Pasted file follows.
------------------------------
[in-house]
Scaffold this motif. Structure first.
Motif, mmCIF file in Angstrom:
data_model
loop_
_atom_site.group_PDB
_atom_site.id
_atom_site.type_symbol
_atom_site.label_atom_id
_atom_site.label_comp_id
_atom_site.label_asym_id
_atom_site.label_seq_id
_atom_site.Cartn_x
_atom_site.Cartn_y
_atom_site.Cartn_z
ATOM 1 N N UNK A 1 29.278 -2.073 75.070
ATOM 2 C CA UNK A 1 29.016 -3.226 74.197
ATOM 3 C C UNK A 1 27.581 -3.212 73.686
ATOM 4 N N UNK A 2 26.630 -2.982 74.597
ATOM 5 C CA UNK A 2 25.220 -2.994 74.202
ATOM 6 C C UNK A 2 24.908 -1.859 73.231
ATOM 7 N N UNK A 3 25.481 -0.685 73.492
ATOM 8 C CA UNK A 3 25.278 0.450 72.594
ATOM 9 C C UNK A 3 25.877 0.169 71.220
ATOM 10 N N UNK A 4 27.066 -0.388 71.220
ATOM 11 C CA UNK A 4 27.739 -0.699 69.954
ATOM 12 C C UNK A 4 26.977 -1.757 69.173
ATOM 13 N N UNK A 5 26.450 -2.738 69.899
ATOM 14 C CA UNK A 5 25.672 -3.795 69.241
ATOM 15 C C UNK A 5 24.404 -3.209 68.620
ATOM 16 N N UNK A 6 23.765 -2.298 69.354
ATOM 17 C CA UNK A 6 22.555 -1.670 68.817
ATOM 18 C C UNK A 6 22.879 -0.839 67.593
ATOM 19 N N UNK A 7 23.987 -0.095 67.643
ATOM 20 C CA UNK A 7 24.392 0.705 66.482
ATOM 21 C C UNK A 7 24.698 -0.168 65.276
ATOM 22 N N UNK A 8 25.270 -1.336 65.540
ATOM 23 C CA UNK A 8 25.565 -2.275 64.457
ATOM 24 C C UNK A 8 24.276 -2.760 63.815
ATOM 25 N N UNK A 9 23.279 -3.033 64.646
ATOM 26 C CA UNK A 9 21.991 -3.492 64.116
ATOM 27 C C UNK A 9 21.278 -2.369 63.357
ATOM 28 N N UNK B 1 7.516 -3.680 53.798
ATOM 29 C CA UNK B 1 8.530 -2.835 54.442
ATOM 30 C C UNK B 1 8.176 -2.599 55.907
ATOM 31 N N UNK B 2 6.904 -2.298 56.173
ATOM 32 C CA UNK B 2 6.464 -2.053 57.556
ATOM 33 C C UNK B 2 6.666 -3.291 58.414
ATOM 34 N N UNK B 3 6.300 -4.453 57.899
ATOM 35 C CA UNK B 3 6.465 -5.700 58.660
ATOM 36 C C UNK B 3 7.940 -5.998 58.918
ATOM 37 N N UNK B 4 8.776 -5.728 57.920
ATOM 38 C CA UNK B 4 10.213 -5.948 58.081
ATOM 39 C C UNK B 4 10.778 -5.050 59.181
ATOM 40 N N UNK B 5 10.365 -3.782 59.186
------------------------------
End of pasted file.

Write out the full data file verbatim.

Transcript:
[in-house]
Scaffold this motif. Structure first.
Motif, mmCIF file in Angstrom:
data_model
loop_
_atom_site.group_PDB
_atom_site.id
_atom_site.type_symbol
_atom_site.label_atom_id
_atom_site.label_comp_id
_atom_site.label_asym_id
_atom_site.label_seq_id
_atom_site.Cartn_x
_atom_site.Cartn_y
_atom_site.Cartn_z
ATOM 1 N N UNK A 1 29.278 -2.073 75.070
ATOM 2 C CA UNK A 1 29.016 -3.226 74.197
ATOM 3 C C UNK A 1 27.581 -3.212 73.686
ATOM 4 N N UNK A 2 26.630 -2.982 74.597
ATOM 5 C CA UNK A 2 25.220 -2.994 74.202
ATOM 6 C C UNK A 2 24.908 -1.859 73.231
ATOM 7 N N UNK A 3 25.481 -0.685 73.492
ATOM 8 C CA UNK A 3 25.278 0.450 72.594
ATOM 9 C C UNK A 3 25.877 0.169 71.220
ATOM 10 N N UNK A 4 27.066 -0.388 71.220
ATOM 11 C CA UNK A 4 27.739 -0.699 69.954
ATOM 12 C C UNK A 4 26.977 -1.757 69.173
ATOM 13 N N UNK A 5 26.450 -2.738 69.899
ATOM 14 C CA UNK A 5 25.672 -3.795 69.241
ATOM 15 C C UNK A 5 24.404 -3.209 68.620
ATOM 16 N N UNK A 6 23.765 -2.298 69.354
ATOM 17 C CA UNK A 6 22.555 -1.670 68.817
ATOM 18 C C UNK A 6 22.879 -0.839 67.593
ATOM 19 N N UNK A 7 23.987 -0.095 67.643
ATOM 20 C CA UNK A 7 24.392 0.705 66.482
ATOM 21 C C UNK A 7 24.698 -0.168 65.276
ATOM 22 N N UNK A 8 25.270 -1.336 65.540
ATOM 23 C CA UNK A 8 25.565 -2.275 64.457
ATOM 24 C C UNK A 8 24.276 -2.760 63.815
ATOM 25 N N UNK A 9 23.279 -3.033 64.646
ATOM 26 C CA UNK A 9 21.991 -3.492 64.116
ATOM 27 C C UNK A 9 21.278 -2.369 63.357
ATOM 28 N N UNK B 1 7.516 -3.680 53.798
ATOM 29 C CA UNK B 1 8.530 -2.835 54.442
ATOM 30 C C UNK B 1 8.176 -2.599 55.907
ATOM 31 N N UNK B 2 6.904 -2.298 56.173
ATOM 32 C CA UNK B 2 6.464 -2.053 57.556
ATOM 33 C C UNK B 2 6.666 -3.291 58.414
ATOM 34 N N UNK B 3 6.300 -4.453 57.899
ATOM 35 C CA UNK B 3 6.465 -5.700 58.660
ATOM 36 C C UNK B 3 7.940 -5.998 58.918
ATOM 37 N N UNK B 4 8.776 -5.728 57.920
ATOM 38 C CA UNK B 4 10.213 -5.948 58.081
ATOM 39 C C UNK B 4 10.778 -5.050 59.181
ATOM 40 N N UNK B 5 10.365 -3.782 59.186